Dryer Vent Safety
Clothes dryers evaporate the water from wet clothing by blowing hot air past them while they tumble inside a spinning drum. Heat is provided by an electrical heating element or gas burner. Some heavy garment loads can contain more than a gallon of water which, during the drying process, will become airborne water vapor and leave the dryer and home through an exhaust duct (more commonly known as a dryer vent).
Electrical Safety
Electricity is an essential part of our lives. However, it has the potential to cause great harm. Electrical systems will function almost indefinitely, if properly installed and not overloaded or physically abused. Electrical fires in our homes claim the lives of 485 Americans each year and injure 2,305 more. Some of these fires are caused by electrical system failures and appliance defects, but many more are caused by the misuse and poor maintenance of electrical appliances, incorrectly installed wiring, and overloaded circuits and extension cords. Some safety tips to remember:
Environmental Concerns (Asbestos)
The Ancient Greeks named the mineral asbestos, meaning inextinguishable. Apparently even the Greeks were aware of the harmful properties in asbestos and the effects of breathing asbestos dust. The Greek geographer Strabo and the Roman naturalist Pliny the Elder mentioned a sickness common with workers who created cloths using asbestos fibers.
Galvanized Steel Plumbing
Where water pressure is poor in the distribution system, the most common cause is corroded galvanized steel. Galvanized plumbing can close down so that the inner diameter is reduced to 1/8” or less. The only solution is to replace the plumbing lines, typically with copper.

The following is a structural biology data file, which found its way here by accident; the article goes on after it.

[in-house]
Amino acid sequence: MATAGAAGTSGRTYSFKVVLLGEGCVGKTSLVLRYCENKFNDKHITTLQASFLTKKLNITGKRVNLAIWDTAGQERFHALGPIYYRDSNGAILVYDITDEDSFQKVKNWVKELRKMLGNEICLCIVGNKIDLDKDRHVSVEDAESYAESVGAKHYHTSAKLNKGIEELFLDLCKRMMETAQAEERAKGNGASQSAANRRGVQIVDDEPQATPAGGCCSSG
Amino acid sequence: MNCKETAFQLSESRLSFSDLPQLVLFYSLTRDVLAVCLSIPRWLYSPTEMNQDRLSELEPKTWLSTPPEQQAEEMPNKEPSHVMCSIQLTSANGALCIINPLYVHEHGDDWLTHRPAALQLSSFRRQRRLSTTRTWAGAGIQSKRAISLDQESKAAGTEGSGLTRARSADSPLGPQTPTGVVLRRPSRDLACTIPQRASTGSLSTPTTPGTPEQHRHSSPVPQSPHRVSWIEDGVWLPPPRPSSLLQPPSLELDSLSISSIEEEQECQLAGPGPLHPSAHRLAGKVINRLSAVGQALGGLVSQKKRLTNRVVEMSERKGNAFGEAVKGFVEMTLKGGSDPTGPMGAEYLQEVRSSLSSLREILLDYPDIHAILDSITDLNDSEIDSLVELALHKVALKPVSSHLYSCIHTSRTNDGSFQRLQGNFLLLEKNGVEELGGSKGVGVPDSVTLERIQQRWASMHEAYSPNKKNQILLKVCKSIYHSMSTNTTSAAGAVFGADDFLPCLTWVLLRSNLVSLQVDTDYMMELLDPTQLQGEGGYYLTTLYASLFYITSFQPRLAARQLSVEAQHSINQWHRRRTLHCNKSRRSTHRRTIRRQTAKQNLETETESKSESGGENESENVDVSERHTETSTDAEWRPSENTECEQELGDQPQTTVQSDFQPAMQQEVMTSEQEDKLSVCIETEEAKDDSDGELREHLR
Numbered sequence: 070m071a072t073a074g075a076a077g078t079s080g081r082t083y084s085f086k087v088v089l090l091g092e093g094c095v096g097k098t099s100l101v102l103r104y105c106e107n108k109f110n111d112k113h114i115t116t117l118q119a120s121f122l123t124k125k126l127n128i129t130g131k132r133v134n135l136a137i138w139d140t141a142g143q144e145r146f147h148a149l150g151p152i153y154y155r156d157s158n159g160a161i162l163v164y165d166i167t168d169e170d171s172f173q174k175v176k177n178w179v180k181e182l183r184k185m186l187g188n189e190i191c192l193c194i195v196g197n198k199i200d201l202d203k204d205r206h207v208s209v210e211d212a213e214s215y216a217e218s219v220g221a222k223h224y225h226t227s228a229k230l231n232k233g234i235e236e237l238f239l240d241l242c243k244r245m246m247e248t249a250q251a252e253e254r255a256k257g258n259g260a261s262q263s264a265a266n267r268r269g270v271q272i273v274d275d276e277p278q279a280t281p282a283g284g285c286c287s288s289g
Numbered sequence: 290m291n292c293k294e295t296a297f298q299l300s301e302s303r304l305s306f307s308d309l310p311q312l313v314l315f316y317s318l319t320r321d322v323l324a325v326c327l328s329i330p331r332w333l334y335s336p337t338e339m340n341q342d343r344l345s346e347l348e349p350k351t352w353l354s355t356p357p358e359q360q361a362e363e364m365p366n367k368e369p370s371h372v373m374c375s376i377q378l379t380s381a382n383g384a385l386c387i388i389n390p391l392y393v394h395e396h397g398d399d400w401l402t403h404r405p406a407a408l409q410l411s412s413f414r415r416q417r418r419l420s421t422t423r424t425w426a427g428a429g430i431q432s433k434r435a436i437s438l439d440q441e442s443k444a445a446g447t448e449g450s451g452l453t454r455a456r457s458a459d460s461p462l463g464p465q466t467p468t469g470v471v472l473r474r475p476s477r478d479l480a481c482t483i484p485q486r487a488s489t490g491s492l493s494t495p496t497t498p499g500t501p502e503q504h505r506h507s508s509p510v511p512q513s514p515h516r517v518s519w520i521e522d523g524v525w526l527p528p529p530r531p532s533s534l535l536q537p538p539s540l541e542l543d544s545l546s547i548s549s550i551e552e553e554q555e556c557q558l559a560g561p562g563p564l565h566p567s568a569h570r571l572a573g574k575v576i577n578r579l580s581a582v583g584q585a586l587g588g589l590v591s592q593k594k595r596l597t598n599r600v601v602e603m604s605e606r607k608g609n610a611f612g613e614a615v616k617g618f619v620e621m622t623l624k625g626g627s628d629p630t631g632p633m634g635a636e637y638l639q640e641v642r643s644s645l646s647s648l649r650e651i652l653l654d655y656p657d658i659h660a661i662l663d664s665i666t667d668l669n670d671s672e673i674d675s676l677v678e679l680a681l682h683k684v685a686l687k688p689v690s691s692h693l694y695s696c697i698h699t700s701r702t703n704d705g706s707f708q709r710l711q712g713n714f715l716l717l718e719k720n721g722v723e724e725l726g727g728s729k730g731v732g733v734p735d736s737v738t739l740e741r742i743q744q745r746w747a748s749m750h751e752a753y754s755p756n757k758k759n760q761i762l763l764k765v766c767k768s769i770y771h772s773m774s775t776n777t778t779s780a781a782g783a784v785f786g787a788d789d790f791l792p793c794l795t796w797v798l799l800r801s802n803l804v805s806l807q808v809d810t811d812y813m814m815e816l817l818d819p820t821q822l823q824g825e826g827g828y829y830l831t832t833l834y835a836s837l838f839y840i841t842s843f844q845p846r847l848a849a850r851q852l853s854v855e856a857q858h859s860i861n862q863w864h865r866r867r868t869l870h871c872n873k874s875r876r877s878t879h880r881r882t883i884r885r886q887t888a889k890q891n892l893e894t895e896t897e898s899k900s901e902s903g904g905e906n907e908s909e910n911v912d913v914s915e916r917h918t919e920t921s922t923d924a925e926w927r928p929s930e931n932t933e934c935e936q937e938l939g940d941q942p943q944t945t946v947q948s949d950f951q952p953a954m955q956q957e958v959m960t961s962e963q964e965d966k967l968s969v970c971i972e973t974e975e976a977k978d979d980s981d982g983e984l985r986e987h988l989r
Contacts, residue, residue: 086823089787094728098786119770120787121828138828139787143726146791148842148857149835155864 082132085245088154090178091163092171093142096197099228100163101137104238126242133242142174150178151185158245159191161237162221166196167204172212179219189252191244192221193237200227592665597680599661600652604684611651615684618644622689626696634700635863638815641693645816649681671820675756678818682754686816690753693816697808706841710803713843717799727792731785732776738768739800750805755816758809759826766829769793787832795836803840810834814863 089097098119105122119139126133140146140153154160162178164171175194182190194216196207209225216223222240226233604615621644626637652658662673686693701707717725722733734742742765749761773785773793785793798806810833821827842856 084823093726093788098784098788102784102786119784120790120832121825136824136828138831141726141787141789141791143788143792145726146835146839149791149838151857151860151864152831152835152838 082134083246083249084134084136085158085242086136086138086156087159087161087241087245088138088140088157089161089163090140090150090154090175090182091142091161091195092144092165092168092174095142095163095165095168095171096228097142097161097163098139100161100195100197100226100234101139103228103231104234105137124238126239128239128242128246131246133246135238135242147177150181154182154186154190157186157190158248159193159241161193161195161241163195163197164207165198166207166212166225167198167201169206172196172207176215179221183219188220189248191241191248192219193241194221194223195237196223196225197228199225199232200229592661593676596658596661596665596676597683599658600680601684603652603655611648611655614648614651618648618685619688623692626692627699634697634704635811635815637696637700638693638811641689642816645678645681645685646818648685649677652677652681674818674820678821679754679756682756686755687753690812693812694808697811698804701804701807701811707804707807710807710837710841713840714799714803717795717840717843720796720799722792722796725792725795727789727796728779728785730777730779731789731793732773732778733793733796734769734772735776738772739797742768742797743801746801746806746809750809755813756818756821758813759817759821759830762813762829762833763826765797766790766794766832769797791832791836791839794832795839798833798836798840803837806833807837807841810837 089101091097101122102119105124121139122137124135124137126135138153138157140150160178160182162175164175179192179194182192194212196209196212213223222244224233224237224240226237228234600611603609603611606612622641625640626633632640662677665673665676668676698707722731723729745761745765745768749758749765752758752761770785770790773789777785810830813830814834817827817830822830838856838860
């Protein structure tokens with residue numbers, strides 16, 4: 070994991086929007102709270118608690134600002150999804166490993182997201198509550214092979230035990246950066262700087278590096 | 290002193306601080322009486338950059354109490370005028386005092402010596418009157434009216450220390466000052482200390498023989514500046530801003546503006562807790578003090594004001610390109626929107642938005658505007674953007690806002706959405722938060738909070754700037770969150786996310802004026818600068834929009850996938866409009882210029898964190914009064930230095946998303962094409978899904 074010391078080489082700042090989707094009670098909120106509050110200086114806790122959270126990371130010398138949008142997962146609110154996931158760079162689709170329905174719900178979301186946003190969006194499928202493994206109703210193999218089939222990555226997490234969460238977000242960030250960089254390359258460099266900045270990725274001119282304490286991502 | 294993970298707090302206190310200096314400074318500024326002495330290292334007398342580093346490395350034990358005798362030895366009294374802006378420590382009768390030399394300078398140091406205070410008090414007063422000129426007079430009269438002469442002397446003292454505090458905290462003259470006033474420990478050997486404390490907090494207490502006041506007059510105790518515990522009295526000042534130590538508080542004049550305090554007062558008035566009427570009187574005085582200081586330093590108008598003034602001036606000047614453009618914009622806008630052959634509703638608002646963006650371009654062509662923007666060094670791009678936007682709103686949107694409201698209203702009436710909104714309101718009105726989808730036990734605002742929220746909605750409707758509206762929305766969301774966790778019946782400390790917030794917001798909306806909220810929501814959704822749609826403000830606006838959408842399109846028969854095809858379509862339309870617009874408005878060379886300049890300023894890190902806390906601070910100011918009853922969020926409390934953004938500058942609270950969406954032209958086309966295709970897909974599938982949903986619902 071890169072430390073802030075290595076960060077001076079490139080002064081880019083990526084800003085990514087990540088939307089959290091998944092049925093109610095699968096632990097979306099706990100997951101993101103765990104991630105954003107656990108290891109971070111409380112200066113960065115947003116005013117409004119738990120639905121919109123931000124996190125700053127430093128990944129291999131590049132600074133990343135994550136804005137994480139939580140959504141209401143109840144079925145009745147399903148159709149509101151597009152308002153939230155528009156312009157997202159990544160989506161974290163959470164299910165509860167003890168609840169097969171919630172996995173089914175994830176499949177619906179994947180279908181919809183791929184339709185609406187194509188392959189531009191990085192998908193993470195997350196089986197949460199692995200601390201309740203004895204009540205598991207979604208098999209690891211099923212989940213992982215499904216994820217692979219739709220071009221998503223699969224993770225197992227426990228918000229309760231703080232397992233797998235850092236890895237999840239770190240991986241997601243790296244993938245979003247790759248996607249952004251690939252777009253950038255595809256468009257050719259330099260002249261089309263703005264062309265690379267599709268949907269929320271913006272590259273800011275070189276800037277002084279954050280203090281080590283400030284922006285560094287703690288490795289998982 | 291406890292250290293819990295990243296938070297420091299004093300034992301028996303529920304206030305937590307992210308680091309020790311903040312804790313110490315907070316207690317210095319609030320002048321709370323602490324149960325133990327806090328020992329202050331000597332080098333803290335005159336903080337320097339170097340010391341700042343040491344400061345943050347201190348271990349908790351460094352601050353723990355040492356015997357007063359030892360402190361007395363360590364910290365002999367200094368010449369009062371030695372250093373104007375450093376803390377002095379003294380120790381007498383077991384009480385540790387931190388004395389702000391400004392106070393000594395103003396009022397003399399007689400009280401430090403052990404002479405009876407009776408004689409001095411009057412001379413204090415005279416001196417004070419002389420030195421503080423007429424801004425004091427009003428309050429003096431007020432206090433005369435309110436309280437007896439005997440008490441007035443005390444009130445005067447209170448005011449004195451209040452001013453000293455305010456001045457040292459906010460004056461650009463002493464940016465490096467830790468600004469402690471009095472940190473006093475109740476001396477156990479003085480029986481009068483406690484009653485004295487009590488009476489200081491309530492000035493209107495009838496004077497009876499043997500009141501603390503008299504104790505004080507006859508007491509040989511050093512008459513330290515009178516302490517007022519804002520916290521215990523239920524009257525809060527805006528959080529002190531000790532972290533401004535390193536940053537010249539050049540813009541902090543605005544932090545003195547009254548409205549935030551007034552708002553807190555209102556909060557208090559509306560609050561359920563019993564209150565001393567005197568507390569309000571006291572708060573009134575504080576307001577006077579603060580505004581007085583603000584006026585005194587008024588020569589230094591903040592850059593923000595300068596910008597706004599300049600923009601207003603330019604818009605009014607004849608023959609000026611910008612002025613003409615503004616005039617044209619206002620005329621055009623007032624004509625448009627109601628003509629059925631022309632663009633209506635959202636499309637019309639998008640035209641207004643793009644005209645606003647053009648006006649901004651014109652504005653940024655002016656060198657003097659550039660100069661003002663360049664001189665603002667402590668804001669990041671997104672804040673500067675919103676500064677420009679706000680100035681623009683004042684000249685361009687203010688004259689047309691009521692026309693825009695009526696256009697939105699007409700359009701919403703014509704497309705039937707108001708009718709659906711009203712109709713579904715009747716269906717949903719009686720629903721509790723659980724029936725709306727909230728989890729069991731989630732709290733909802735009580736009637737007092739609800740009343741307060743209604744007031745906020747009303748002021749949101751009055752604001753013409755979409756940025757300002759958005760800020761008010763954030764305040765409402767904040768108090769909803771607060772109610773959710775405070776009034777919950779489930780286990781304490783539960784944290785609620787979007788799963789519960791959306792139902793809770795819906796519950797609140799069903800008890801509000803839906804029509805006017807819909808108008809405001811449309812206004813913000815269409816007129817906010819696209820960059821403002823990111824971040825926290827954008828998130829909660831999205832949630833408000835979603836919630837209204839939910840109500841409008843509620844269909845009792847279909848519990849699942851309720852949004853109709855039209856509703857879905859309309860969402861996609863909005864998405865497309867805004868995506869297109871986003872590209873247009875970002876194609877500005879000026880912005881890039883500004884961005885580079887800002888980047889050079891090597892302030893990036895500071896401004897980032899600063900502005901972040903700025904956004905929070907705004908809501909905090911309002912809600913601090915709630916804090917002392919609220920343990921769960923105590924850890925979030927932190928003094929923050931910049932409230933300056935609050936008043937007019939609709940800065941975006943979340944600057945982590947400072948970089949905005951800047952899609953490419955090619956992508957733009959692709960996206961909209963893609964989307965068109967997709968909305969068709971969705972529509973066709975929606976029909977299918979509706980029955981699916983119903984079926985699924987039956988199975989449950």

High Efficiency Lights
Environmentally friendly lights/Mercury Vapor.
Ice Damming - Roof Leaks
A typical ice-damming event occurs when the heat escapes from the living quarters into the attic and eventually warms the roof deck. The combination of the sun and the interior heat combine to accelerate and exacerbate this process.
Inspect Before Listing
Having a pre-list inspection will give the seller the opportunity to repair or upgrade those items that will no doubt be pointed out during the purchase inspection. Being able to limit the number of items needing attention will increase the marketability of the property being sold.
Radon, because it is a gas, is able to move though spaces in the soil or fill material around a home's foundation. Michigan homes tend to operate under a negative pressure - this is especially true in the lowest portions of the home and during the heating season.
Sump Pump Operation
Sump pumps are self-activating electrical pumps that protect homes from moisture intrusion and are very common in Southeastern Michigan homes. They are usually installed below basement or crawlspace floors to remove rising groundwater and surface runoff before it has a chance to seep into the home.
TPR Vales and Discharge Piping
TPR (temperature pressure relief) valves are safety devices installed on water heating appliances such as boilers and domestic water supply heaters. TPRs are designed to automatically release water in the event that pressure or temperature in the water tank exceeds safe levels.
Aging in Place
"Aging in place" is the phenomenon describing senior citizens' ability to live independently in their homes for as long as possible. Those who age in place will not have to move from their present residence in order to secure necessary support services in response to their changing needs.
Ash Tree Enemy
Damage to Ash trees throughout the United States.
Bats in the attic
Bat guano can build up in attics and eaves that have been used by bats, and even if the human occupants of the building are not aware of the dung, they may be harmed by it.
* Indicates required questions
Name *
First Last
Email *
Phone # *
Property Address (Include City) *
How can we help you?
Enter code in image: